Now, we move from Job as man to Job as type and shadow of Christ--specifically the risen Christ. If we want to identify, let us identify with Job's friends, who acted self-righteous and dispensed wrongheaded advice to Job throughout the book. Look at the prayer the Lord requests of Job. This is not a prayer of need, but a prayer of salvation. This is a prayer of intercession for redemption. We know this because God says, "I will accept his prayer not to deal with you according to your folly." Only Christ can intercede in such a way for us. True, we can pray for people's needs, we can pray that an individual will repent and put their faith in Christ. We can pray for people to be saved. But our prayers don't actually save people. Christ saves people. Our prayers ask Christ to intervene. Christ's prayers actually intervene. Also note the sacrifice of animals that points to the ultimate sacrifice. Christ redeems people through his sacrifice on the cross. All who put their trust in him are redeemed. This faith, too, is a gift from God.
And the Lord restored the fortunes of Job, when he had prayed for his friends. And the Lord gave Job twice as much as he had before.
Here is the danger zone. If we read ourselves as Job for this last part, we will get the impression that if we pray for the salvation of our friends, the Lord will reward us with material blessings. Yes, he rewards his children, but he does so with heavenly blessings, which is what our Colossians passage above is focusing on. These are spiritual blessings that come by faith. If we fall into a "God is a genie" realm and believe that if we perform magic rituals, God will give us our heart's material desire, we end up disappointed at best and lost at worst.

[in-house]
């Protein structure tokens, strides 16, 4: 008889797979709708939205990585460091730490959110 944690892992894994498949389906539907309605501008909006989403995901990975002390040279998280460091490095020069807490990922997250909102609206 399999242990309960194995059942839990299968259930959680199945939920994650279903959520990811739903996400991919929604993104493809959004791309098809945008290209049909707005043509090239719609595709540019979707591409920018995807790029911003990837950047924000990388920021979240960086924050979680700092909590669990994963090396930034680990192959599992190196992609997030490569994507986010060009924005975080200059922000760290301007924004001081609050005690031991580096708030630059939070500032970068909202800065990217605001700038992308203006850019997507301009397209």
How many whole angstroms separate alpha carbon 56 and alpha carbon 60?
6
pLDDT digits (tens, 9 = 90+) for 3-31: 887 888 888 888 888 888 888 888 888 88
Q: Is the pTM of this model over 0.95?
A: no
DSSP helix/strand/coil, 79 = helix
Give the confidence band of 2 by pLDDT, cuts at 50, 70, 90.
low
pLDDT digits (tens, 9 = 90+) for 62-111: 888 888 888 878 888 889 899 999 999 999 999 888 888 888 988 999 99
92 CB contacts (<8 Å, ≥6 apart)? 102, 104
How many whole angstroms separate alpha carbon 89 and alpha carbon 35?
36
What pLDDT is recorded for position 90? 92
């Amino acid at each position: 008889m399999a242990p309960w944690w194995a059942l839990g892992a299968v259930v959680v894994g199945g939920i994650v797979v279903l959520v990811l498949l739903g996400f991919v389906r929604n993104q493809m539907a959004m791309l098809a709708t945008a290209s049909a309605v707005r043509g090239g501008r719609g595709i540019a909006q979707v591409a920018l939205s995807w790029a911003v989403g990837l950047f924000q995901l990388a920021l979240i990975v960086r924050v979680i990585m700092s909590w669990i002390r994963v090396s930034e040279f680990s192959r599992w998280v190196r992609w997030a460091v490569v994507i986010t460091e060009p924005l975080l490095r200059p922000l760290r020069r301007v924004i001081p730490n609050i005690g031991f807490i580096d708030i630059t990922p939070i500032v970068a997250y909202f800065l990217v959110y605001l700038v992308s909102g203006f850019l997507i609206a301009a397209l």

In Romans 5:19, Paul writes, "For as by the one man's disobedience the many were made sinners, so by the one man's obedience the many will be made righteous." This sentence is referring to Adam and Christ respectively, but I have seen pastors take this verse to mean that if we are obedient, we will make others righteous. Why would I want others' salvation to depend on my obedience, when I am still a wretched sinner? Christ is working in me, but I still have a far distance to travel. Why would God put others' salvation in my hands? No, the truth is much more encouraging. My salvation, and yours, are in Christ's hands alone. We are made righteous through Christ's obedience only, the obedience of a servant who gave up everything and suffered to the point of death on a cross for the forgiveness of all our sins.
This is the good news that we find in Job and everywhere else in the Bible. There is no better news.